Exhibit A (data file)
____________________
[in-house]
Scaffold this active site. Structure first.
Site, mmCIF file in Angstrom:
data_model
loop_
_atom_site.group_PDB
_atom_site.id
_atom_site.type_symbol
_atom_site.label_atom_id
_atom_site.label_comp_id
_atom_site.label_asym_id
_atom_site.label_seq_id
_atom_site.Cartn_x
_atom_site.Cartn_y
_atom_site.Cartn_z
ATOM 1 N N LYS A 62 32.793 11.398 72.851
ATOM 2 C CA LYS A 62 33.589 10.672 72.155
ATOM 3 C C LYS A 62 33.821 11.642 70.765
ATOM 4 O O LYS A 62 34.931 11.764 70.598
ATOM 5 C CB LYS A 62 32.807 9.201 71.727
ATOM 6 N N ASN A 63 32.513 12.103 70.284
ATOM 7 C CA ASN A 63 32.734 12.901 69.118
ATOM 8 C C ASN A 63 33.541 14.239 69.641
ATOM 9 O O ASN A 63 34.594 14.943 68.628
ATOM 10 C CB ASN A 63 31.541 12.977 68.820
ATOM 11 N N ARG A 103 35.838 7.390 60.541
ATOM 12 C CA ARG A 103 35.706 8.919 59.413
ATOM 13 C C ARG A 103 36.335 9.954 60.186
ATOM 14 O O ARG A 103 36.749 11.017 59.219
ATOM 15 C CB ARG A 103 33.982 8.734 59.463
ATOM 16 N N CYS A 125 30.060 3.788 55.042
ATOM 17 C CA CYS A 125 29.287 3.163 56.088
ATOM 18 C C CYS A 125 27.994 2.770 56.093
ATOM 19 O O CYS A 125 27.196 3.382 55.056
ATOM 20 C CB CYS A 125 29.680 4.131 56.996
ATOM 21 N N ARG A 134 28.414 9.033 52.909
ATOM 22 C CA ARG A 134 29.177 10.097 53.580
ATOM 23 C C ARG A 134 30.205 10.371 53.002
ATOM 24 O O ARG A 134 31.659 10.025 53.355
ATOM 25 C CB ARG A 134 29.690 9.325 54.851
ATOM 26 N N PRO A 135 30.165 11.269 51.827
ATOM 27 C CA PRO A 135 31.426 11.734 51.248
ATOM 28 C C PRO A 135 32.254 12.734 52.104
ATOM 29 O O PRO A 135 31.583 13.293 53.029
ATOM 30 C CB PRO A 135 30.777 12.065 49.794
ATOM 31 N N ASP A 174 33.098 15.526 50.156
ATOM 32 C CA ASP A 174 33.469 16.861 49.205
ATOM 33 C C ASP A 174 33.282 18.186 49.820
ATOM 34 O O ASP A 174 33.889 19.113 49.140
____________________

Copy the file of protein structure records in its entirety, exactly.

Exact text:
[in-house]
Scaffold this active site. Structure first.
Site, mmCIF file in Angstrom:
data_model
loop_
_atom_site.group_PDB
_atom_site.id
_atom_site.type_symbol
_atom_site.label_atom_id
_atom_site.label_comp_id
_atom_site.label_asym_id
_atom_site.label_seq_id
_atom_site.Cartn_x
_atom_site.Cartn_y
_atom_site.Cartn_z
ATOM 1 N N LYS A 62 32.793 11.398 72.851
ATOM 2 C CA LYS A 62 33.589 10.672 72.155
ATOM 3 C C LYS A 62 33.821 11.642 70.765
ATOM 4 O O LYS A 62 34.931 11.764 70.598
ATOM 5 C CB LYS A 62 32.807 9.201 71.727
ATOM 6 N N ASN A 63 32.513 12.103 70.284
ATOM 7 C CA ASN A 63 32.734 12.901 69.118
ATOM 8 C C ASN A 63 33.541 14.239 69.641
ATOM 9 O O ASN A 63 34.594 14.943 68.628
ATOM 10 C CB ASN A 63 31.541 12.977 68.820
ATOM 11 N N ARG A 103 35.838 7.390 60.541
ATOM 12 C CA ARG A 103 35.706 8.919 59.413
ATOM 13 C C ARG A 103 36.335 9.954 60.186
ATOM 14 O O ARG A 103 36.749 11.017 59.219
ATOM 15 C CB ARG A 103 33.982 8.734 59.463
ATOM 16 N N CYS A 125 30.060 3.788 55.042
ATOM 17 C CA CYS A 125 29.287 3.163 56.088
ATOM 18 C C CYS A 125 27.994 2.770 56.093
ATOM 19 O O CYS A 125 27.196 3.382 55.056
ATOM 20 C CB CYS A 125 29.680 4.131 56.996
ATOM 21 N N ARG A 134 28.414 9.033 52.909
ATOM 22 C CA ARG A 134 29.177 10.097 53.580
ATOM 23 C C ARG A 134 30.205 10.371 53.002
ATOM 24 O O ARG A 134 31.659 10.025 53.355
ATOM 25 C CB ARG A 134 29.690 9.325 54.851
ATOM 26 N N PRO A 135 30.165 11.269 51.827
ATOM 27 C CA PRO A 135 31.426 11.734 51.248
ATOM 28 C C PRO A 135 32.254 12.734 52.104
ATOM 29 O O PRO A 135 31.583 13.293 53.029
ATOM 30 C CB PRO A 135 30.777 12.065 49.794
ATOM 31 N N ASP A 174 33.098 15.526 50.156
ATOM 32 C CA ASP A 174 33.469 16.861 49.205
ATOM 33 C C ASP A 174 33.282 18.186 49.820
ATOM 34 O O ASP A 174 33.889 19.113 49.140